I recently found an interesting collection of student literature review/position papers from Umeå University related to a range of CS and HCI issues, including mobile technology, ubiquitous computing, table-top displays, etc. Among them was a paper by Alan Larsson that examined the role that slate-like tablet computers can play in education. It examined requirements for such devices both from the instructor’s and from the students’ perspective, analyzed them on several dimensions, and then compared three devices — an iPad, a (perhaps soon to be released) Android tablet, and an older-generation tablet computer — for their fit to the various tasks.
Blog Archive: 2010
I am trying to understand the capabilities of existing iPad applications with respect to active reading. In this spirit, I have reviewed iAnnotate, and have written about e-books in general. Mekentosj Papers is a Mac application for managing academic papers; a version of it has been ported to the iPad. The idea is that you can use it to find papers you need to read, read them, and also manage their re-finding. The app fails on all accounts.
A lot of people (like me) will use the iPad as an e-reader, among other things. It’s a good opportunity to play around with what a e-book actually can be, since the iPad offers things that Kindle can’t (color, animation…). I vote for more like this, please:
It’s in the iTunes store here.
Starting in the fall of 2010, Seton Hill University (not to be confused with Seton Hall University) is going to be equipping its students with iPads. It’s not clear from the description on the web site what the students are expected to do with these devices, or what educational advantage the iPads are likely to impart beyond the laptops the students will also receive.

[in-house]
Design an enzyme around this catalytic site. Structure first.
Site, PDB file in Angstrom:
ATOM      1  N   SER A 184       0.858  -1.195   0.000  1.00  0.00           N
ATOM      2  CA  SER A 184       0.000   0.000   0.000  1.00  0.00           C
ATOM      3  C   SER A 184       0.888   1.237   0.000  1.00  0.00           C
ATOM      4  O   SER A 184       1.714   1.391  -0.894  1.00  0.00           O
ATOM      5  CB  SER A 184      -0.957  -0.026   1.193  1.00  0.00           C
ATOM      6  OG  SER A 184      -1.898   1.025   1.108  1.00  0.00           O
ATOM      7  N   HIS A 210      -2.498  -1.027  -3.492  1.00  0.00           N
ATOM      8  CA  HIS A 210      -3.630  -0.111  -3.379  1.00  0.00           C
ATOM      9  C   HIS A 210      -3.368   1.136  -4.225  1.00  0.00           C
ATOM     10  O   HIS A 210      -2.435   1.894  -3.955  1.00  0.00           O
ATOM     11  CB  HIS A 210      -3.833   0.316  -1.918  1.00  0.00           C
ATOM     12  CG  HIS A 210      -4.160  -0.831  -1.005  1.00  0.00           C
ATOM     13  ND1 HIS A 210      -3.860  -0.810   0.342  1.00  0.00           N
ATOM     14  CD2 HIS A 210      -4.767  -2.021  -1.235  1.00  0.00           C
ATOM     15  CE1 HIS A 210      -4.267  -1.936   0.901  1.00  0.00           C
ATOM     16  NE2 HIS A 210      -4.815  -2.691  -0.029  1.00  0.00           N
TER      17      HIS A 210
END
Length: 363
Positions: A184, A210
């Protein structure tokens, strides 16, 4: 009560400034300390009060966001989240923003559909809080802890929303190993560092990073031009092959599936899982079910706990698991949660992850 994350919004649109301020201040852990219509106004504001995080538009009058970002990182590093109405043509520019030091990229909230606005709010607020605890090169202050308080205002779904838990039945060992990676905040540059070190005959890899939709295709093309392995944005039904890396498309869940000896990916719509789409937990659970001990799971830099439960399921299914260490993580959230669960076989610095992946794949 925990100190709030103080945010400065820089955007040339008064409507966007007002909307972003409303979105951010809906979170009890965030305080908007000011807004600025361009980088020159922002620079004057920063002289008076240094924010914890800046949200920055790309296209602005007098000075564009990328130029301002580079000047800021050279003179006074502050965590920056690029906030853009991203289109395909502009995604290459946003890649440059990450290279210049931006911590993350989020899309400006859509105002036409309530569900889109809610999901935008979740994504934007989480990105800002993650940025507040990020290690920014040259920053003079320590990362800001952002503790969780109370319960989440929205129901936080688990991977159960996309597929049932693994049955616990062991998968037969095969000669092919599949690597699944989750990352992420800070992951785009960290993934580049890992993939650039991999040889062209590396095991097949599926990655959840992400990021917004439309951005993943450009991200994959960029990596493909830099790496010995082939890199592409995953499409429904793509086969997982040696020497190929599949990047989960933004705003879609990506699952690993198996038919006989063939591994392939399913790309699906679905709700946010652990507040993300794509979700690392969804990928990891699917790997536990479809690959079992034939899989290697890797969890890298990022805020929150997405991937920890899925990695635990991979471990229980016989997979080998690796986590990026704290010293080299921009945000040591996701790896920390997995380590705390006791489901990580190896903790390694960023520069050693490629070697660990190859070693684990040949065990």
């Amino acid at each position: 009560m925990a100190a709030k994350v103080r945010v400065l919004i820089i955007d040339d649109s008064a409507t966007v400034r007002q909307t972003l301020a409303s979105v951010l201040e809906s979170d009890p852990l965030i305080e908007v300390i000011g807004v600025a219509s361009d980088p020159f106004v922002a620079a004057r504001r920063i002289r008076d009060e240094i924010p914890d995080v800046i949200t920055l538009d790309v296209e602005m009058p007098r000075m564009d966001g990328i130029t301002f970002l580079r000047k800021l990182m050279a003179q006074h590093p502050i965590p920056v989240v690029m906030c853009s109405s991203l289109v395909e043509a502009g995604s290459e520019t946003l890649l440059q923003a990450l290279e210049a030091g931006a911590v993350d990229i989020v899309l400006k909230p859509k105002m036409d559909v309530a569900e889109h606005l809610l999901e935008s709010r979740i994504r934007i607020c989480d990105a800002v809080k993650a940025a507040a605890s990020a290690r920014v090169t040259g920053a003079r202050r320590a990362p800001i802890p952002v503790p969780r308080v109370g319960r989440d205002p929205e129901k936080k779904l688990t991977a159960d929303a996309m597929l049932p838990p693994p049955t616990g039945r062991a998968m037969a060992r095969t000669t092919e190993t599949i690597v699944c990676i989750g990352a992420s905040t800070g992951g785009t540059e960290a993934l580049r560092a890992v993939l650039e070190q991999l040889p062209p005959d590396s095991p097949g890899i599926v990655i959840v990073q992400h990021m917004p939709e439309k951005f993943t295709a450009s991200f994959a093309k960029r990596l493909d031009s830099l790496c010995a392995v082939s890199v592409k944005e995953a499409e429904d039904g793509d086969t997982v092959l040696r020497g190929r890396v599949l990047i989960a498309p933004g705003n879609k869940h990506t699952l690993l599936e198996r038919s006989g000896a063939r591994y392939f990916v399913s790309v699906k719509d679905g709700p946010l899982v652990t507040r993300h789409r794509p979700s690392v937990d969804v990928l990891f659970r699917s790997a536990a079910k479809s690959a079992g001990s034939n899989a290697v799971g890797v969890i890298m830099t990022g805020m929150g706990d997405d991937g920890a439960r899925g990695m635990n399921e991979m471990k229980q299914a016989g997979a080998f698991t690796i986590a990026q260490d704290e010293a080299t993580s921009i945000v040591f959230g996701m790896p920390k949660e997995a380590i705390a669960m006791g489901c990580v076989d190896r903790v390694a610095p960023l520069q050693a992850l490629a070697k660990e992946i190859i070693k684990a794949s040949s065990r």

But is the iPad the right tool?
There has been more news on eBook hardware front recently. Microsoft is floating a two-screen device idea reminiscent of Nick Chen‘s thesis work that he has published in part in CHI 2008. The video is worth watching. The rendering of the MS ‘Courier’ device is slick, but at this point no specs are available. A UX mockup video shows some nice ideas, but it is not clear how much of this will survive in the product. And of course it will need to compete with the Apple tablet, whether that thing materializes.
The second generation Kindle is about to be released. With a current 230,000 titles available, and new titles being added continuously, it is designed to appeal to the (well-heeled) reader on the go. The Sony PRS-505 also offers a similar reading experience, although with fewer available titles. It’s not clear, however, whether these devices represent the arrival in the mainstream of the electronic book, or just another evolutionary niche, like the Softbook™, Rocket eBook™, Palm, Newton, and other devices that preceeded them over the last twenty years.